Kubuntu 19.10 is the focus of the November 9th through November 16th BDLL (Big Daddy Linux Live) “distro challenge”. I’ve been using Kubuntu 19.10 for almost two weeks now, and it has been an absolute treat. There are a few points in particular that I want to touch on, but I’ll start by saying it has been the best KDE experience I have experienced so far on any operating system, be it Fedora, Manjaro, Solus, or openSUSE.
Leading with the first step into getting Kubuntu, their website (https://kubuntu.org) is both clean and well-organized, making it easy to find the proper resources indexed within. There’s a nifty little button on the landing page labeled “Feature Tour” which offers an illustrated list of applications and their uses that are provided with Kubuntu. I think this is a fantastic utility and I appreciate the scroll-based design, rather than click-based navigation through the tour. Onto the Download page, there are currently three active versions of Kubuntu at the time of me writing this, and they’re all presented on the download page with optional sublinks to torrents or alternate download mirrors. I highly recommend using a torrent if you do plan to give this a try as it helps reduce strain on the servers as well as seeding for others.
Once you’ve actually gotten the ISO written to a medium of your choice and have booted into it, you’ll be provided with various choices from starting Kubuntu to an OEM install option. I typically recommend just booting in the normal conditions “Start Kubuntu” unless you plan on installing/distributing for someone else. The default screen presented to you is an installer on an empty (but gorgeously wallpapered) desktop, with the option to load the rest of the desktop for a “live” system or to continue through the installation process. Partitioning was fairly straightforward and I used the manual partitioner to finesse things the way I tend to prefer them. The installation was very quick, taking just over a minute to complete. Smooth sailing and it’s time to reboot!
I must say I do love SDDM (also known as the “greeter” or login screen). It’s straightforward but doesn’t make it a chore to fiddle about with power settings or login options (for other desktops or Wayland sessions). It’s a nice balance between powerful, beautiful, and intuitive… And I must say, the blur effect KDE has that is applied to the login screen’s wallpaper is stunning. I highly recommend having a look. Login successful, and then I had the opportunity of getting a full, unobstructed look at one of the best KDE wallpapers of all time!
There’s a single panel on the bottom of the screen, dark, possibly Breeze dark? It’s neatly laid out in a way that I feel would be comfortable for most people, something I would call a “traditional” layout. This ensures that the default appearance will likely cater to the majority of desktop users, Windows users. Other defaults are well-set, such as the choice to set double-click in the file manager and desktop over single-click. While I prefer single-click myself and prefer its efficiency, I think that it’s less familiar as a default, which may frustrate people and drive them away. The performance values I’ve seen with Kubuntu in this release have not only made it incredibly enjoyable outright, it’s also just made it incredibly difficult to even try switching to anything else. I’m noticing smoother gameplay, completely regardless of the amount and type of applications running in the background. The only time I do experience issues with performance in this regard is when virtual desktops/workspaces are enabled, in which I will see persistent stutter.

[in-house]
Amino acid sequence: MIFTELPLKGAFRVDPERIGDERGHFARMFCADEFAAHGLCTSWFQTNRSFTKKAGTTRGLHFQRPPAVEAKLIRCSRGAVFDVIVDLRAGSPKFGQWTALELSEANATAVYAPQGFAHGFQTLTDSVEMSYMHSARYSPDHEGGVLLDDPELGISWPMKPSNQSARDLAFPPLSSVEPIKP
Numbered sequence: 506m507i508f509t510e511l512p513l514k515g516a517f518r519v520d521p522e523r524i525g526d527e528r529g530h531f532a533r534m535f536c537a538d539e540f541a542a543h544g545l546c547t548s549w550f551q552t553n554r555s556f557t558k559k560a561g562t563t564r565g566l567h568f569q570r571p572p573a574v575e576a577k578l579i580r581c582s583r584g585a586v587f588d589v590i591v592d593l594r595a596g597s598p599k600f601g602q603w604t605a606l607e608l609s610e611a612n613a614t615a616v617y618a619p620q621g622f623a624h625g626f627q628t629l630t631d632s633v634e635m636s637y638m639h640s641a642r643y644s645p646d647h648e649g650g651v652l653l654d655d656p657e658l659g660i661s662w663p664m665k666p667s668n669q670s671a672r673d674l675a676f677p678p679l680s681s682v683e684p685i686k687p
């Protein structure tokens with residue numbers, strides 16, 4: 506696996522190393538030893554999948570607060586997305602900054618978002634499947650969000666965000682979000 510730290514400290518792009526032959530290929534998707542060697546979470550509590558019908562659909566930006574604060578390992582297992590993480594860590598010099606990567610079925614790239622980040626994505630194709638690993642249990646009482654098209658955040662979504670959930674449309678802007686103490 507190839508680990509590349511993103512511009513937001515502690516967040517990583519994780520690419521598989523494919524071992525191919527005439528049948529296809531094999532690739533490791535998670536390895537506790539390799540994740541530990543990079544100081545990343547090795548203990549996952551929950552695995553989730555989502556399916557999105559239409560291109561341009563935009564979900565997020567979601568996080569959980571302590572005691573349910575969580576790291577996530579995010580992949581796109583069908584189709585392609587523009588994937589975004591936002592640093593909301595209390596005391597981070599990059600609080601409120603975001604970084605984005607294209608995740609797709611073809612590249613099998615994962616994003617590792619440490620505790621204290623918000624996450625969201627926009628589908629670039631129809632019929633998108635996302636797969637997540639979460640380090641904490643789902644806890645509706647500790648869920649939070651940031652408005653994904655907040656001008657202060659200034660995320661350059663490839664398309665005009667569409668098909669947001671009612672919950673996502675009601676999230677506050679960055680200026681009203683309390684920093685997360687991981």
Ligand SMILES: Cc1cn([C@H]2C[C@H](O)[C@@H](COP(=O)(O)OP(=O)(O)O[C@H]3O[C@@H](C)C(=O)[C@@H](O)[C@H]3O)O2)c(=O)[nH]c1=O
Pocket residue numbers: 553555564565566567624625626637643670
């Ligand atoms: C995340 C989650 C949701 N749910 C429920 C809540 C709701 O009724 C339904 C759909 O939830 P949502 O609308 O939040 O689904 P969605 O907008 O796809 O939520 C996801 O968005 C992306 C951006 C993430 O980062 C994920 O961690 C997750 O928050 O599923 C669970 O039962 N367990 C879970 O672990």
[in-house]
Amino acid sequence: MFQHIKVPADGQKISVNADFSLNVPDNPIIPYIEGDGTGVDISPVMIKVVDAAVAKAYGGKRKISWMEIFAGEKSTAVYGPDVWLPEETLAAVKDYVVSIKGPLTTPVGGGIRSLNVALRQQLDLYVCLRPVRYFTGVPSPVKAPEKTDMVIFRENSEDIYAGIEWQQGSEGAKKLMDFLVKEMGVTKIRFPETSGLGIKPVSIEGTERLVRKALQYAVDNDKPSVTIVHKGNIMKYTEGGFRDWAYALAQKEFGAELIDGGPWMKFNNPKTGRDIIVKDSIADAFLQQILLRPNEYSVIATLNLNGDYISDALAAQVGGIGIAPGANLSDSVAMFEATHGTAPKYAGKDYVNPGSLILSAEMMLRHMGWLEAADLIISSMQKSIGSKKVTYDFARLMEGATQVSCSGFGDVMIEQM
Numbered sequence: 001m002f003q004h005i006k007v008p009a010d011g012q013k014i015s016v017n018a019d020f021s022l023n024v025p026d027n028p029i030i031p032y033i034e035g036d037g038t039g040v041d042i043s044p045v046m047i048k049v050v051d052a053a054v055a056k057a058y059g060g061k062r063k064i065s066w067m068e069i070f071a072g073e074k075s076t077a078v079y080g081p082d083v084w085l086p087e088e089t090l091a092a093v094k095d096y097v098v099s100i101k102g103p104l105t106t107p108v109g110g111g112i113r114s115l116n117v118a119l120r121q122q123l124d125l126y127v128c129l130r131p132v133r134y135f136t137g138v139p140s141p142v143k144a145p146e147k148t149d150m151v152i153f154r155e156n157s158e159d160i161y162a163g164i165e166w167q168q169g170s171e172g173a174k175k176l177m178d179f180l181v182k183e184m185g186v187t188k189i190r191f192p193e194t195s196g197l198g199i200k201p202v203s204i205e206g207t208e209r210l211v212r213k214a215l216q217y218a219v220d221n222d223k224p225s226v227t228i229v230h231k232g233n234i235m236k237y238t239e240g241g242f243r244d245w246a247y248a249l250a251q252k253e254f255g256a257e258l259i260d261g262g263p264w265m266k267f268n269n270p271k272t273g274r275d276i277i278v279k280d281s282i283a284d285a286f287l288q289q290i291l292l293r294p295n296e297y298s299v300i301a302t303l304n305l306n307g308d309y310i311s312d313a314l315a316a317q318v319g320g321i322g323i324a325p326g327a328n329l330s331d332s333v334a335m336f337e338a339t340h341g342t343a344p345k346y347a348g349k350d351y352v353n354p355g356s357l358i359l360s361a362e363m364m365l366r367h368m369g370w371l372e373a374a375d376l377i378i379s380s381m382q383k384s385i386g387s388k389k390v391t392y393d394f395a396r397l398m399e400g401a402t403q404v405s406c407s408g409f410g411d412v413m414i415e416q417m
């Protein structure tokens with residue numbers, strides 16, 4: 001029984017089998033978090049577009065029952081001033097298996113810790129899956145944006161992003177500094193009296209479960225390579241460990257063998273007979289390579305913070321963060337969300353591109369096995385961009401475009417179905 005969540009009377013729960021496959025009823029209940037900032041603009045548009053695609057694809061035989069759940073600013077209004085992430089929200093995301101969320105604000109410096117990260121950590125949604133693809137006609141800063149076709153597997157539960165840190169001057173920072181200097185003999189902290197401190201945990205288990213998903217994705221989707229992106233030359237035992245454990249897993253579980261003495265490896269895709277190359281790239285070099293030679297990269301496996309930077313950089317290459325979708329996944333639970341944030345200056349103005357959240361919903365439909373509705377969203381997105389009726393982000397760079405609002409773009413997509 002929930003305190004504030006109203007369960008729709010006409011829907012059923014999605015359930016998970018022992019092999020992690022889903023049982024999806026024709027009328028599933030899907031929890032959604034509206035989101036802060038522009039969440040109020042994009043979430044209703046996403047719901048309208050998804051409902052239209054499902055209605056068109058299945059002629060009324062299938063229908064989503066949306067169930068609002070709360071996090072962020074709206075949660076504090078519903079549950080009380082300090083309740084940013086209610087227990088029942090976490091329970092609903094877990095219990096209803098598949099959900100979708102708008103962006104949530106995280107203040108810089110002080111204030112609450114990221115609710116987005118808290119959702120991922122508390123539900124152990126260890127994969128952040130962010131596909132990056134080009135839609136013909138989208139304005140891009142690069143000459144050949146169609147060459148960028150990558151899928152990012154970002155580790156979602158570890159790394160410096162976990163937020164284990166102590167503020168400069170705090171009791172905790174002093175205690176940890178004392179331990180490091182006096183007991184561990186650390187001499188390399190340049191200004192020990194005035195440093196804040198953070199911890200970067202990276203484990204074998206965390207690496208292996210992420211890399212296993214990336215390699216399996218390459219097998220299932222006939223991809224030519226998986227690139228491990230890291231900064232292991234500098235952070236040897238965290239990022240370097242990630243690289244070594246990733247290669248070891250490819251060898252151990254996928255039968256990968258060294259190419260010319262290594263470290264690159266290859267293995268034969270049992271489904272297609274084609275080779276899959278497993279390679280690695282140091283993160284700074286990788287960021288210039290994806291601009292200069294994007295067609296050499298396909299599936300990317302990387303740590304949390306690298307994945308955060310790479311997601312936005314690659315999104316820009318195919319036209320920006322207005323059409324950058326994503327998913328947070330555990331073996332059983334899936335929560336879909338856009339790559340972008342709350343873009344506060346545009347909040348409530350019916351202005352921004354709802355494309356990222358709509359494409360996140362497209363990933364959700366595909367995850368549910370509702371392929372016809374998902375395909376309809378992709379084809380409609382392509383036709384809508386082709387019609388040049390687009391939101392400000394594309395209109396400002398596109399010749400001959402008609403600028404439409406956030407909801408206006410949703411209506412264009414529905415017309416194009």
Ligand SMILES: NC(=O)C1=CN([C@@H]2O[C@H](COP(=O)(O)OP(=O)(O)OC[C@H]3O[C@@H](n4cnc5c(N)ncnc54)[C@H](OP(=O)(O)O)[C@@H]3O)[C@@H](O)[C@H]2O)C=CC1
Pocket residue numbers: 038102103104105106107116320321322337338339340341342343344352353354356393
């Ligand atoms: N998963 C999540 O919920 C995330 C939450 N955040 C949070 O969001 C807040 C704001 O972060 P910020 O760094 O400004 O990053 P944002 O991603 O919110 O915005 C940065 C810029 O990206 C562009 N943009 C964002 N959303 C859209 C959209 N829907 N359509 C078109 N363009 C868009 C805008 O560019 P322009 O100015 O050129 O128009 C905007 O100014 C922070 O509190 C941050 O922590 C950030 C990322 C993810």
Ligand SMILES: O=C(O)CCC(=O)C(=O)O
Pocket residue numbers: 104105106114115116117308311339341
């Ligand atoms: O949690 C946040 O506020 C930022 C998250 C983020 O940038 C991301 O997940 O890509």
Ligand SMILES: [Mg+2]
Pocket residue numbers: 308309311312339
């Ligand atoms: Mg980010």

This brings me towards one of only two complaints I have. The virtual desktops/workspaces experience in KDE itself, and unfortunately this extends to Kubuntu, is atrocious. Dynamic workspaces just aren’t there, meaning if you need more space, you have to create it manually. Desktops like GNOME and Pantheon (elementary OS) create workspaces dynamically, allowing me to focus on what’s important, rather than setting aside time to re-organize all my work. Beyond that, the keybinds for moving between them and moving windows between them is equally terrible. The second point has to do with the default set of applications. I do believe it is somewhat difficult to choose the perfect set of default applications to ship in a distribution/OS, but there are a ton of strange things loaded in by default that probably could be done without. In 2019 I feel comfortable saying that most users do not need a CD/DVD burning and ripping application out of the box, so K3B is very out of place here. Seeing a bunch of odd applications in the Office and Internet tabs of the main menu gives a somewhat haphazard feel, as if they’re installed purely to cover bases that may very well not need to be covered.
All that being said, this release of Kubuntu has been incredible. I’ve had zero issues with crashes, both in regards to the desktop environment and applications within. Any issues I tend to have with KDE such as desktop and compositor crashes when changing widgets and panel configurations are nonexistent for me here. This is Kubuntu’s best release ever, and I look forward to 20.04, the next LTS! It’s going to be amazing, and I plan on comparing my experience then to my experience now. Give Kubuntu a try, seriously! It’s amazing. This is KDE in its best light. Thank you all for reading. <3